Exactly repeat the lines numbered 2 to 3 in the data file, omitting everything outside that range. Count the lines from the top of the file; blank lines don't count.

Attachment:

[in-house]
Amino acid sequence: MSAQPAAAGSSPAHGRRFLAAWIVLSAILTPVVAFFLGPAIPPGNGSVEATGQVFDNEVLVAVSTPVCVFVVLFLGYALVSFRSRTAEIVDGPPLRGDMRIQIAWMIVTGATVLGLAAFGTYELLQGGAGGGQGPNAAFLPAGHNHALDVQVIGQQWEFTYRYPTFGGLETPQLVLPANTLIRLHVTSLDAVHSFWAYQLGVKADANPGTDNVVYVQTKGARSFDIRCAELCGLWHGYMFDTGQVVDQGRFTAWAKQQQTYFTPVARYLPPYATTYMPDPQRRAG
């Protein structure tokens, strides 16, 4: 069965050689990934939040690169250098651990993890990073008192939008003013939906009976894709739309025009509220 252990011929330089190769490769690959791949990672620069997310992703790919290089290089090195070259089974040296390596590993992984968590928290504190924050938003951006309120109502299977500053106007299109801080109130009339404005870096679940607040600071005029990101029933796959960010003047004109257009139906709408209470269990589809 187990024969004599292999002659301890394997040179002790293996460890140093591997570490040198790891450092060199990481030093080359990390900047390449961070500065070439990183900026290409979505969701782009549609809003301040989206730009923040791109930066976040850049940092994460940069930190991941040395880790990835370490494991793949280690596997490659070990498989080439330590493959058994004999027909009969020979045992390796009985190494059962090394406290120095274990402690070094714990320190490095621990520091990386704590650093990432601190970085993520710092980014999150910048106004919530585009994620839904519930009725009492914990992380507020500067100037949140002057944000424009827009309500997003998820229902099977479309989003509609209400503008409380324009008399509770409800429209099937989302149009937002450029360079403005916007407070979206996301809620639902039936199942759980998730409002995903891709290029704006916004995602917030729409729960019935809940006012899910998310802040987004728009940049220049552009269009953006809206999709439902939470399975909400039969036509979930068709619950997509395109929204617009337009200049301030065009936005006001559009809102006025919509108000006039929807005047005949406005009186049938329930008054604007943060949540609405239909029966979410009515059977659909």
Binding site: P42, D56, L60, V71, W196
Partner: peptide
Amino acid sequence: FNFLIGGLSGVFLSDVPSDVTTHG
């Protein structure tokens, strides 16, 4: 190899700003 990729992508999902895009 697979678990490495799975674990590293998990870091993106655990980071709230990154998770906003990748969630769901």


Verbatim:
Amino acid sequence: MSAQPAAAGSSPAHGRRFLAAWIVLSAILTPVVAFFLGPAIPPGNGSVEATGQVFDNEVLVAVSTPVCVFVVLFLGYALVSFRSRTAEIVDGPPLRGDMRIQIAWMIVTGATVLGLAAFGTYELLQGGAGGGQGPNAAFLPAGHNHALDVQVIGQQWEFTYRYPTFGGLETPQLVLPANTLIRLHVTSLDAVHSFWAYQLGVKADANPGTDNVVYVQTKGARSFDIRCAELCGLWHGYMFDTGQVVDQGRFTAWAKQQQTYFTPVARYLPPYATTYMPDPQRRAG
């Protein structure tokens, strides 16, 4: 069965050689990934939040690169250098651990993890990073008192939008003013939906009976894709739309025009509220 252990011929330089190769490769690959791949990672620069997310992703790919290089290089090195070259089974040296390596590993992984968590928290504190924050938003951006309120109502299977500053106007299109801080109130009339404005870096679940607040600071005029990101029933796959960010003047004109257009139906709408209470269990589809 187990024969004599292999002659301890394997040179002790293996460890140093591997570490040198790891450092060199990481030093080359990390900047390449961070500065070439990183900026290409979505969701782009549609809003301040989206730009923040791109930066976040850049940092994460940069930190991941040395880790990835370490494991793949280690596997490659070990498989080439330590493959058994004999027909009969020979045992390796009985190494059962090394406290120095274990402690070094714990320190490095621990520091990386704590650093990432601190970085993520710092980014999150910048106004919530585009994620839904519930009725009492914990992380507020500067100037949140002057944000424009827009309500997003998820229902099977479309989003509609209400503008409380324009008399509770409800429209099937989302149009937002450029360079403005916007407070979206996301809620639902039936199942759980998730409002995903891709290029704006916004995602917030729409729960019935809940006012899910998310802040987004728009940049220049552009269009953006809206999709439902939470399975909400039969036509979930068709619950997509395109929204617009337009200049301030065009936005006001559009809102006025919509108000006039929807005047005949406005009186049938329930008054604007943060949540609405239909029966979410009515059977659909």